The Passamaquoddy Wild Blueberry Company is 100% owned, managed and operated by Passamaquoddy Tribe members.
Ancient Blueberry Tradition
The Passamaquoddy People is a federally-recognized tribe in Maine and is also present without recognition as First Nation in Canada.
The Passamaquoddy People have inhabited the area in Down East Maine since time immemorial and have nurtured an ancient connection with wild blueberries, which we call sahtiyil in our language. Wild blueberries have significant value as a medicine and as a food crop. As such, they were harvested by the Passamaquoddy People for thousands of years before commercial harvesting of Maine’s wild blueberries began in the 1840s. Today, that history lives on through the Tribe’s ownership of PWBC, the Tribal citizens that the Company employs, and the active contributions that the Company makes to the Tribe as a whole.
Native Owned and Operated
PWBC is managed throughout the year by staff and an Operating Board, and employs hundreds of tribal and non-Passamaquoddy tribal members who flock to Columbia Falls to assist as during the harvest season every August. These individuals use handrakes to gather and box the blueberries in what is an ancient practice for the Passamaquoddy People. We have been harvesting and sustaining ourselves on blueberries this way since the glaciers receded in our homelands. In our language we refer to the handrakers and harvesters as nutuwisit, which translates to berry-picker or blueberry harvester.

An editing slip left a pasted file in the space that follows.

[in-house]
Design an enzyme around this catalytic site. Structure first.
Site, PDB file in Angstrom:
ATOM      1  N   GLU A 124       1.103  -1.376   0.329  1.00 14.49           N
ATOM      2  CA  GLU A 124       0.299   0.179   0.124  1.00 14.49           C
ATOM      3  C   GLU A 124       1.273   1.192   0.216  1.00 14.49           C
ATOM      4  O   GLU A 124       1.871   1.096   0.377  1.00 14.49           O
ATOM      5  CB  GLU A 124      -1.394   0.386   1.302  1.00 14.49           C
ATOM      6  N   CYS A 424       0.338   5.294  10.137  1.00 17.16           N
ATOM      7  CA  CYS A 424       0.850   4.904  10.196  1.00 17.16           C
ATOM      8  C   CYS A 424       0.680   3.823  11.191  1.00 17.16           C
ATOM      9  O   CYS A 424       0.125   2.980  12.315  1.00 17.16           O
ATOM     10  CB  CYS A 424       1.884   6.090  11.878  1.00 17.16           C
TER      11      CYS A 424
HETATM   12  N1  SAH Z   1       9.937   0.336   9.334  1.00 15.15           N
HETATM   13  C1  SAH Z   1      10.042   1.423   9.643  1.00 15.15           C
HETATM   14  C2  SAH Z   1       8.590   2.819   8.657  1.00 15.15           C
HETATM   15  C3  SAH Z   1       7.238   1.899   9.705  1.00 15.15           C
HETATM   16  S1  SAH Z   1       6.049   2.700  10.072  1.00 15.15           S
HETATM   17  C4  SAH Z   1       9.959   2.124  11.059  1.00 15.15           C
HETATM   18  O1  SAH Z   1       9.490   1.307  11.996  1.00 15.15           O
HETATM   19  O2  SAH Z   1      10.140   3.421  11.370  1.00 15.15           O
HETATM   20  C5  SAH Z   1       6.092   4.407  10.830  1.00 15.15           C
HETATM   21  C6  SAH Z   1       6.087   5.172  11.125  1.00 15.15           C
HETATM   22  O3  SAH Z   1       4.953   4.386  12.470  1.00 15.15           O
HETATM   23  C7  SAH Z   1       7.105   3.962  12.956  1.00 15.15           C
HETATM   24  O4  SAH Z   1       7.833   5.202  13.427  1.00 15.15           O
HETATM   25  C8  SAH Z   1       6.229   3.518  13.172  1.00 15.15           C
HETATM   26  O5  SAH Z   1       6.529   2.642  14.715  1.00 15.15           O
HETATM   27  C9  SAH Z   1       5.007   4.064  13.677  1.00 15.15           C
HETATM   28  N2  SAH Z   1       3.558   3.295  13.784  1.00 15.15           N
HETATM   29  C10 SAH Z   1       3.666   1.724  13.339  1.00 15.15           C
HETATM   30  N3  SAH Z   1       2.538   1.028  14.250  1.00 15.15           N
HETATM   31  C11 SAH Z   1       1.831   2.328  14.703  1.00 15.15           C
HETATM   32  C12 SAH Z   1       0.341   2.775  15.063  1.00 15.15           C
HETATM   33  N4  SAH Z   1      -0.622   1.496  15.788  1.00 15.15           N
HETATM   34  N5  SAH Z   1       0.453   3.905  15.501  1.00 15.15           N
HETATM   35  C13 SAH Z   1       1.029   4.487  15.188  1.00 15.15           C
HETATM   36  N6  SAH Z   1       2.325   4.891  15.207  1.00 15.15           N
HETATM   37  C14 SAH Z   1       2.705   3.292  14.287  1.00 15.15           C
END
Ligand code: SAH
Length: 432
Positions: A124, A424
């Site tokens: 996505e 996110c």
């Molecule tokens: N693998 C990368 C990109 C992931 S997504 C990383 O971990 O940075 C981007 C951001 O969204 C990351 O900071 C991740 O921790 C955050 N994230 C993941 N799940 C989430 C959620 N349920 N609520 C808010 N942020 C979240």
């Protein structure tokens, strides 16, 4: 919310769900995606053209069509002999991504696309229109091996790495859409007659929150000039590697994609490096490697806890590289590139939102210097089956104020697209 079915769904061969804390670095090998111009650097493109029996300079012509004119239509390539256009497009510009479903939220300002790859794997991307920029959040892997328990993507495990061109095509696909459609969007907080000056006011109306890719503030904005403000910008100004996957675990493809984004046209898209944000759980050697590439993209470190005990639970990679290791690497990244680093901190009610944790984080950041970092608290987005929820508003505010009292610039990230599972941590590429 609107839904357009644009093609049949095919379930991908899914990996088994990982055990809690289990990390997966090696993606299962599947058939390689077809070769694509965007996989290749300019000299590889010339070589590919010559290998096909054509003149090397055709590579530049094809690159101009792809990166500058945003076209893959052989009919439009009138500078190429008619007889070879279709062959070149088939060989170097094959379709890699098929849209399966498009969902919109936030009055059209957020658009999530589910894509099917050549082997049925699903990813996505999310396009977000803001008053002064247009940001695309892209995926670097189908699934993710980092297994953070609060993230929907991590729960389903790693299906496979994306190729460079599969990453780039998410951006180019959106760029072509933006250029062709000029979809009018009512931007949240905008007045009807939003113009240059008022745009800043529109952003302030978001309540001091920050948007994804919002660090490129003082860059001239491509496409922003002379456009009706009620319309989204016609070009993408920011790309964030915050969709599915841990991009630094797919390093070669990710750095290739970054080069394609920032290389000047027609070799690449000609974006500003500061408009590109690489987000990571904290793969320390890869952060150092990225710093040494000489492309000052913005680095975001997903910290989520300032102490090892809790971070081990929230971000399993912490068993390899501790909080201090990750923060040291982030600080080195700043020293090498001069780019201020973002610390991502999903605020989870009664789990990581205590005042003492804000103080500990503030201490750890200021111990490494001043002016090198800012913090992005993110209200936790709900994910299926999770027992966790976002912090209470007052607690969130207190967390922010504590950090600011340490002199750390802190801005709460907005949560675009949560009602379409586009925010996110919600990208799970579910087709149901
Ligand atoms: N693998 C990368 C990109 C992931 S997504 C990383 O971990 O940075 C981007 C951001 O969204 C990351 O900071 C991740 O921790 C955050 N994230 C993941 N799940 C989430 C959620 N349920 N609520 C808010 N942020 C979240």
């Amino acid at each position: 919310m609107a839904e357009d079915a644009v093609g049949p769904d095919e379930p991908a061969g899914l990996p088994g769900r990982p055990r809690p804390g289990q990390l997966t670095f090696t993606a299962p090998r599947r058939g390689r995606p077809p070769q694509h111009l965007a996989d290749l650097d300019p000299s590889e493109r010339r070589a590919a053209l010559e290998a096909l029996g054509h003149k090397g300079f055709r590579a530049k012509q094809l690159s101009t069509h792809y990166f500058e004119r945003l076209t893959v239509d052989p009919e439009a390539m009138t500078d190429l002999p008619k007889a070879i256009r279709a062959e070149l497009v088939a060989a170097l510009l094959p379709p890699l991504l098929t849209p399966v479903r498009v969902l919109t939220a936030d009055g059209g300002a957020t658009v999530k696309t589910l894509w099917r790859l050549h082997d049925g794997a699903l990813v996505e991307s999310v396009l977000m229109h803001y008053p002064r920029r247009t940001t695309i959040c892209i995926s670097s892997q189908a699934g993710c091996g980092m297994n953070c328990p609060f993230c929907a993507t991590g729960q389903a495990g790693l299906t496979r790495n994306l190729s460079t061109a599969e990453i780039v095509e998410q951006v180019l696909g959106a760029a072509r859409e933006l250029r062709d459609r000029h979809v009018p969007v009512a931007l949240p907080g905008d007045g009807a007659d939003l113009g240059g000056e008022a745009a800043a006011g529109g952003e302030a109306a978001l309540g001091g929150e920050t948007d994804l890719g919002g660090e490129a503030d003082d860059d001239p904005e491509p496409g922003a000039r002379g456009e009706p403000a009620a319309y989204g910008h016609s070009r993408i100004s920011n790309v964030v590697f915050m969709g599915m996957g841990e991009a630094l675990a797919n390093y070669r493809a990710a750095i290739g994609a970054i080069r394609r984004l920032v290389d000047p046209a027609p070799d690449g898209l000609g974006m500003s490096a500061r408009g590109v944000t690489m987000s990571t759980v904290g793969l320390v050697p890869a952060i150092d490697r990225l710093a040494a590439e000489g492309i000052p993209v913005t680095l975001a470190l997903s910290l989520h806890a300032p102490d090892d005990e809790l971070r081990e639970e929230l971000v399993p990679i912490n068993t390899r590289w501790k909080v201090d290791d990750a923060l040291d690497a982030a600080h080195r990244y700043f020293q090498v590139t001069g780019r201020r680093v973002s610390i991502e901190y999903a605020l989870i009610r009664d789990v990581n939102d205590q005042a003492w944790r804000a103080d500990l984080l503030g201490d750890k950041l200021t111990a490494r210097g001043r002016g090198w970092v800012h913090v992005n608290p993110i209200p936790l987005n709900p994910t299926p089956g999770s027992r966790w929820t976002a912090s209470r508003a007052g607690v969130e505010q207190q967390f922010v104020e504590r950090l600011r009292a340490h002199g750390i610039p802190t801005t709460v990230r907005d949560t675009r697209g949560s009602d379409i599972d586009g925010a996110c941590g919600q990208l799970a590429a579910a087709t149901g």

Through the collective efforts of these individuals and with the support of the Tribe, PWBC and its predecessors have independently produced millions of pounds of low-bush, wild blueberries year after year since being first acquired by the Tribe in 1981.
In the backdrop of challenging market conditions, maintaining the tribal tradition of handpicking has been a key priority for the company. This choice led us to find new paths to grow and secure our business while fostering this cultural event.
Woliwon // Thank You to our partners in this exciting journey towards Native American food independence and value-added production.
In particular, we are extremely grateful to the United States Department of Agriculture and the Native American Agriculture Fund for their ongoing support.